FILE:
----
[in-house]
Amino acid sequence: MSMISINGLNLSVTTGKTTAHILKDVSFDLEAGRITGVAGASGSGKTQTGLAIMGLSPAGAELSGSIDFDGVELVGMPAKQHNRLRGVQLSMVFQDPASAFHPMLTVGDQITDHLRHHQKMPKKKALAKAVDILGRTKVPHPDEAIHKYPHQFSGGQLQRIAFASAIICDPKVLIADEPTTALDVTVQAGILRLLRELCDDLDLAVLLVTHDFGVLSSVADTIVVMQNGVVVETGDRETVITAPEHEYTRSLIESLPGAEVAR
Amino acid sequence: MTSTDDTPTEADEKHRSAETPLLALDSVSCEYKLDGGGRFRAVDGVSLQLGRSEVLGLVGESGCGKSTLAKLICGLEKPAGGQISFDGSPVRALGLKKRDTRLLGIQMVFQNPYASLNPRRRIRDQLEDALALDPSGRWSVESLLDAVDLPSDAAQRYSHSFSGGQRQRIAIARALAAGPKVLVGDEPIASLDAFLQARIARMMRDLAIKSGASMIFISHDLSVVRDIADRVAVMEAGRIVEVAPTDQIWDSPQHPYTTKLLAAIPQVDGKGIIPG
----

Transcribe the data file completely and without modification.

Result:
[in-house]
Amino acid sequence: MSMISINGLNLSVTTGKTTAHILKDVSFDLEAGRITGVAGASGSGKTQTGLAIMGLSPAGAELSGSIDFDGVELVGMPAKQHNRLRGVQLSMVFQDPASAFHPMLTVGDQITDHLRHHQKMPKKKALAKAVDILGRTKVPHPDEAIHKYPHQFSGGQLQRIAFASAIICDPKVLIADEPTTALDVTVQAGILRLLRELCDDLDLAVLLVTHDFGVLSSVADTIVVMQNGVVVETGDRETVITAPEHEYTRSLIESLPGAEVAR
Amino acid sequence: MTSTDDTPTEADEKHRSAETPLLALDSVSCEYKLDGGGRFRAVDGVSLQLGRSEVLGLVGESGCGKSTLAKLICGLEKPAGGQISFDGSPVRALGLKKRDTRLLGIQMVFQNPYASLNPRRRIRDQLEDALALDPSGRWSVESLLDAVDLPSDAAQRYSHSFSGGQRQRIAIARALAAGPKVLVGDEPIASLDAFLQARIARMMRDLAIKSGASMIFISHDLSVVRDIADRVAVMEAGRIVEVAPTDQIWDSPQHPYTTKLLAAIPQVDGKGIIPG